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Thread: Calculating Vd of 120/208 V circuit

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    Calculating Vd of 120/208 V circuit

    when calculating the max voltage drop of 3% for feeder (or branch circuit) for a 120/208V, do I want the Vd to be 3% of 120V or 208V? And does that change for the 5% of the total circuit?
    Last edited by unsaint33; 02-12-19 at 04:24 PM. Reason: Claritying

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    Quote Originally Posted by unsaint33 View Post
    when calculating the max voltage drop of 3% for feeder (or branch circuit) for a 120/208V, do I want the Vd to be 3% of 120V or 208V? And does that change for the 5% of the total circuit?
    if the feeder has the same current on all three legs, the VD will be the same L-L as L-N.
    Bob

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    Do you have a reduced neutral?
    Tom
    TBLO

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    Quote Originally Posted by petersonra View Post
    if the feeder has the same current on all three legs, the VD will be the same L-L as L-N.
    So, in order to select the feeder conductors big enough to limit the Vd under 3%, should my 3% Vd be 3.6V or 6.24V? (3.6V is 3% of 120V & 6.24V is 3% of 208V)

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    Quote Originally Posted by unsaint33 View Post
    So, in order to select the feeder conductors big enough to limit the Vd under 3%, should my 3% Vd be 3.6V or 6.24V? (3.6V is 3% of 120V & 6.24V is 3% of 208V)
    If you have 3% VD on the L-N side, that would be 116.4 V. That would make the L-L voltage 201.6 V, or a 3% VD.


    Quote Originally Posted by petersonra View Post
    if the feeder has the same current on all three legs, the VD will be the same L-L as L-N.
    I should have said the VD in % is the same. Obviously the voltage drop in volts is not the same.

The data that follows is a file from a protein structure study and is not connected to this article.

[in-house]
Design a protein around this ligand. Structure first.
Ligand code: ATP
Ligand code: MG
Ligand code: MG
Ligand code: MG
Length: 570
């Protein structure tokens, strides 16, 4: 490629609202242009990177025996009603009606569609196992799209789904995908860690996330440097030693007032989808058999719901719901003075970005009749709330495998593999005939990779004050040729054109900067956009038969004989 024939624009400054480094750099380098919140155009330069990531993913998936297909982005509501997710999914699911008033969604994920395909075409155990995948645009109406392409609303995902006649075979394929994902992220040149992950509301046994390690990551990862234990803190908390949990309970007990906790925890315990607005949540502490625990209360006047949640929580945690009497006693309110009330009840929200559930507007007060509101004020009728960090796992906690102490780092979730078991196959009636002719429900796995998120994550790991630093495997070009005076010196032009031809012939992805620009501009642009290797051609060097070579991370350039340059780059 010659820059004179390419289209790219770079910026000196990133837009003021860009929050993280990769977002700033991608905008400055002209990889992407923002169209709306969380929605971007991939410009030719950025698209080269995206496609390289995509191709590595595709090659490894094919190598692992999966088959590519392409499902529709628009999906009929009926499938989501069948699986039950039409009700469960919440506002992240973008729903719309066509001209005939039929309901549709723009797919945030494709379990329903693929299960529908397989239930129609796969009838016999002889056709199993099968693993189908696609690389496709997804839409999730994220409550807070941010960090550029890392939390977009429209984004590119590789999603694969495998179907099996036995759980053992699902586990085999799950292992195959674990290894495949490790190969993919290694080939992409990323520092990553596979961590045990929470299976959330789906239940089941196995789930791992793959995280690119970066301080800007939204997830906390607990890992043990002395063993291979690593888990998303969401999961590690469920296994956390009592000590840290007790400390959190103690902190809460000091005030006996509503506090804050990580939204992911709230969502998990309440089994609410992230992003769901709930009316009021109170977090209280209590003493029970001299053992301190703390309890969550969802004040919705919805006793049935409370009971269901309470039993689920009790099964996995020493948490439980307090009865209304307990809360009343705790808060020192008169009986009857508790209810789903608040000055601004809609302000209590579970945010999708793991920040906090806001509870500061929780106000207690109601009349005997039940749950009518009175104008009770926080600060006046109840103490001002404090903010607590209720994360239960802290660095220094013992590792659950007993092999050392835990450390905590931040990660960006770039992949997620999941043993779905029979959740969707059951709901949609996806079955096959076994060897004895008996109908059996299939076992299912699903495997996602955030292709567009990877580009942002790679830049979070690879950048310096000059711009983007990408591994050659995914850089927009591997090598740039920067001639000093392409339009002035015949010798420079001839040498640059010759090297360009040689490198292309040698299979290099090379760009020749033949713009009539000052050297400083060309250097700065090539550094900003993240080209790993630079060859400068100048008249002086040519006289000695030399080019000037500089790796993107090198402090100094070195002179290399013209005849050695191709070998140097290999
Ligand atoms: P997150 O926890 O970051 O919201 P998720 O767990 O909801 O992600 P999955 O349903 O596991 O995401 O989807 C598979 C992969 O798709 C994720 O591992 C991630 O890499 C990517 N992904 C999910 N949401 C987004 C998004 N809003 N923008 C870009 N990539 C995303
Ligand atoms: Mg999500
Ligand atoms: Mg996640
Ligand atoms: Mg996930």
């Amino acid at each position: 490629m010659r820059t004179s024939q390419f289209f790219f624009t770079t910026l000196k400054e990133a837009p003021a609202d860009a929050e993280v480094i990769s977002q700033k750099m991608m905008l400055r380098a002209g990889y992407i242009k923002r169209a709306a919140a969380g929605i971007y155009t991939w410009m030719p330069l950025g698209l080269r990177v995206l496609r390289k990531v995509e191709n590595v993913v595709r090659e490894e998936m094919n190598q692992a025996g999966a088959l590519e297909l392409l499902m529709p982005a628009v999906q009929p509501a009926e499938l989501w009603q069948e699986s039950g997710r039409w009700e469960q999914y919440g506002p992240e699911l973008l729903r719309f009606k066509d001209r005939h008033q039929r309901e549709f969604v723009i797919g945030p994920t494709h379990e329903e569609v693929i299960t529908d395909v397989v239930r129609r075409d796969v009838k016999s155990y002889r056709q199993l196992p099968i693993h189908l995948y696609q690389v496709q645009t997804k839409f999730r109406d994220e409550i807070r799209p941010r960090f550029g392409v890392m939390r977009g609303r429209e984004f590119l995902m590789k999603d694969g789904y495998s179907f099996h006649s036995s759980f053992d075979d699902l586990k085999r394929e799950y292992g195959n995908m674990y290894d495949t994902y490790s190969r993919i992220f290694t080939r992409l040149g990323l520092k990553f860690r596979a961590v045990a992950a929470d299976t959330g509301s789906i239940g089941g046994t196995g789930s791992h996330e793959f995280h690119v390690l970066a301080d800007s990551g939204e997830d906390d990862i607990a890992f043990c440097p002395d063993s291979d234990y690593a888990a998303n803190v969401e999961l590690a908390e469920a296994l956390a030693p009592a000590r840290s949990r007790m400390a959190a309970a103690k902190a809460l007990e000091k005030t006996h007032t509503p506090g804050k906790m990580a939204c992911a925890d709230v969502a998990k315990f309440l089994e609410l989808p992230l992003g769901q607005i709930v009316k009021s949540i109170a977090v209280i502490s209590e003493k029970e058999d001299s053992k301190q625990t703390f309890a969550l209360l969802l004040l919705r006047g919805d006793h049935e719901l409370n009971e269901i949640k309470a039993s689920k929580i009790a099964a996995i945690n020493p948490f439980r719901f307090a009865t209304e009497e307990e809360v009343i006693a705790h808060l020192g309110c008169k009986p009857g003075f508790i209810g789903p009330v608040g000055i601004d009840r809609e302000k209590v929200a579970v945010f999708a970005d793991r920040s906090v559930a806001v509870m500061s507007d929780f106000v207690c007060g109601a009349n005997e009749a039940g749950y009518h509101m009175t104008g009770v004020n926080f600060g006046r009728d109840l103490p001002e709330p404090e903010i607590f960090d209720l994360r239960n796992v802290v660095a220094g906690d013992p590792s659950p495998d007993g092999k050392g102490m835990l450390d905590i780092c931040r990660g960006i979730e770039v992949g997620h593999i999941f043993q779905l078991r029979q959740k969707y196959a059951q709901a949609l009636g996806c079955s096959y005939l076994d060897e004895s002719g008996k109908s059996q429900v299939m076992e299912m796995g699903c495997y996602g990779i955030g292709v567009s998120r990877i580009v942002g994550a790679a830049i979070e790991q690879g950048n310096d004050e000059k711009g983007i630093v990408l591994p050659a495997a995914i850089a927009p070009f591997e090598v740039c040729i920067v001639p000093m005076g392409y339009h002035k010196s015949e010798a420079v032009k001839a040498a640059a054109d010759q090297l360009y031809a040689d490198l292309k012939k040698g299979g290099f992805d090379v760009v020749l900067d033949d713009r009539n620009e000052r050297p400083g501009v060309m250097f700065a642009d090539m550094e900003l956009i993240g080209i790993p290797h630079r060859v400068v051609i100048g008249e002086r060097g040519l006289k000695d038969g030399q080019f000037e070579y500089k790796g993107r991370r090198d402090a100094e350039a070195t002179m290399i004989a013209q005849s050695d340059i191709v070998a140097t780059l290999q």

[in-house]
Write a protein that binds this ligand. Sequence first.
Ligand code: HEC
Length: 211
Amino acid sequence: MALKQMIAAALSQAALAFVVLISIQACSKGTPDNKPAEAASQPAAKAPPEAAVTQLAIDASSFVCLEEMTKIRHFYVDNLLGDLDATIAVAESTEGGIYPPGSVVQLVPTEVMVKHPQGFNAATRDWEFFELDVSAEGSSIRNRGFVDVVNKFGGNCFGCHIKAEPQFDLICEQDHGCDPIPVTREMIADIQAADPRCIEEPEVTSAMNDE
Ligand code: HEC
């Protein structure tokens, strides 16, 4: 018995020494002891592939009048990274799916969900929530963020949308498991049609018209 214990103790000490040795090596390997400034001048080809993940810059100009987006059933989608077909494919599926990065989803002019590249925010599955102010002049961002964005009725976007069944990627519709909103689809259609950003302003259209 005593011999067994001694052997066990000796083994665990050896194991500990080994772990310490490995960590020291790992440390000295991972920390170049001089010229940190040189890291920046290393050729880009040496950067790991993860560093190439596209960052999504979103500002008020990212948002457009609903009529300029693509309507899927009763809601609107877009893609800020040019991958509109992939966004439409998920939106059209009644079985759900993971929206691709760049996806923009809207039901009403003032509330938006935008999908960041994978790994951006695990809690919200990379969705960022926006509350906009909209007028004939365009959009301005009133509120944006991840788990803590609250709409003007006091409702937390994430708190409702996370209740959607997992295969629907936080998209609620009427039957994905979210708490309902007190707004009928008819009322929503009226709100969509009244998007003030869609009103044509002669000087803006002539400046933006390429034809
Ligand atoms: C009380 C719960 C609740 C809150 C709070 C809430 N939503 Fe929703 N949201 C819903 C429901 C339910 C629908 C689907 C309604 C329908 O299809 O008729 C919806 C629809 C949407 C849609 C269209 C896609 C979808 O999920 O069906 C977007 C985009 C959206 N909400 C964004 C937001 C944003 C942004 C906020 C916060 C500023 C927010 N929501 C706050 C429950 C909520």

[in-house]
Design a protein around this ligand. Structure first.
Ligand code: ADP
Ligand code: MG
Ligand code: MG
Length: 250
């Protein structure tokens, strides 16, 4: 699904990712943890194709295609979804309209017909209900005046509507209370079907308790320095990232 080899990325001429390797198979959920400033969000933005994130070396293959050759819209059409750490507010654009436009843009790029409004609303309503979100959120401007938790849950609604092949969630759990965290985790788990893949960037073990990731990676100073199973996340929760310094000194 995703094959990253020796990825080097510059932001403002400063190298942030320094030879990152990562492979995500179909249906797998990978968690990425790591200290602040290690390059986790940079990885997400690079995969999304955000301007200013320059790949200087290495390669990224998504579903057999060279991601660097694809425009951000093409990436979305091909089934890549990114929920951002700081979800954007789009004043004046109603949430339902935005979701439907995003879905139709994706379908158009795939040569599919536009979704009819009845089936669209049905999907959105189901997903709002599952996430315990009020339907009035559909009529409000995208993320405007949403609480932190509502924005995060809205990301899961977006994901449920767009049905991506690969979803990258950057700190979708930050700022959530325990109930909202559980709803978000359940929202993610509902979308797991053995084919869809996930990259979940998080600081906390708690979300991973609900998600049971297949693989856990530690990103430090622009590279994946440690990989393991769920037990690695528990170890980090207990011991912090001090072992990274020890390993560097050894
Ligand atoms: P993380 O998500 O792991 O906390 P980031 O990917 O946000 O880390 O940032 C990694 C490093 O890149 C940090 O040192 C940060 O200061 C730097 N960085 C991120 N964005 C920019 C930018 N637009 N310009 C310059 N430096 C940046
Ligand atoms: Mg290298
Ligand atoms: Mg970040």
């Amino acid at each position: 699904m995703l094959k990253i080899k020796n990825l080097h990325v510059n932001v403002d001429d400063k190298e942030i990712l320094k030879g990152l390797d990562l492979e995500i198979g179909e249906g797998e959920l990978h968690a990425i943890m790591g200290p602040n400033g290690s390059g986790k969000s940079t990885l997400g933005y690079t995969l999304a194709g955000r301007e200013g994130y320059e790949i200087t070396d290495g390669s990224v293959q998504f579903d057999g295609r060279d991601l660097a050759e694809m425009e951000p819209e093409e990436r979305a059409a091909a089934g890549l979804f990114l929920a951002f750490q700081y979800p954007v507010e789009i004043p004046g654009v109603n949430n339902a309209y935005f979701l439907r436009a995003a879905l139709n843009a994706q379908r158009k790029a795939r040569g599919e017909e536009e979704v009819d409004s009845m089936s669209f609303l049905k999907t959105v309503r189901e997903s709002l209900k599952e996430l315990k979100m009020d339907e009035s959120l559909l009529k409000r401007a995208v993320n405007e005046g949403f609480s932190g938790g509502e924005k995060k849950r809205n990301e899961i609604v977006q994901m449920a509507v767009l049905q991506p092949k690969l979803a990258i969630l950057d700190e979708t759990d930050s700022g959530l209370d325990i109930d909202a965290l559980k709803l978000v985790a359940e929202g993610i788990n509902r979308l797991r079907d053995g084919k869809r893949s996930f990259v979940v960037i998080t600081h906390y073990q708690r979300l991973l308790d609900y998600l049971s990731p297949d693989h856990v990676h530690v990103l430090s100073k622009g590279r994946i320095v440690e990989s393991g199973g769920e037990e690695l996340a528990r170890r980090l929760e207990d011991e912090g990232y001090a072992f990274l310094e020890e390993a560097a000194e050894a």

Bob

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    Quote Originally Posted by unsaint33 View Post
    So, in order to select the feeder conductors big enough to limit the Vd under 3%, should my 3% Vd be 3.6V or 6.24V? (3.6V is 3% of 120V & 6.24V is 3% of 208V)
    They are all telling you straight.
    3% Voltage drop on each 120V leg gets you 3% Voltage drop on the phase to phase 208V

    It is a vector (trigonometry) problem. Vphase-neutral X sqrt(3) = Vphase-phase
    120V X 1.732 = 207.8V

    Works the same for the Voltage Drops
    3% X 120V = 3.6V
    3.6V X 1.732 = 6.24V

    .03 X 207.8V = 6.23V

    The only difference we are seeing is the round off error.

    The attached sketches show the angles.
    Attached Files Attached Files
    Without data you’re just another person with an opinion – Edwards Deming

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    Quote Originally Posted by iceworm View Post
    They are all telling you straight.
    3% Voltage drop on each 120V leg gets you 3% Voltage drop on the phase to phase 208V

    It is a vector (trigonometry) problem. Vphase-neutral X sqrt(3) = Vphase-phase
    120V X 1.732 = 207.8V

    Works the same for the Voltage Drops
    3% X 120V = 3.6V
    3.6V X 1.732 = 6.24V

    .03 X 207.8V = 6.23V

    The only difference we are seeing is the round off error.

    The attached sketches show the angles.
    I deal with balanced lines (3 phase PV inverters), so for me the answer is simple; it's just the one way drop on an individual conductor @120V. There's no current on the neutral, so no voltage drop.

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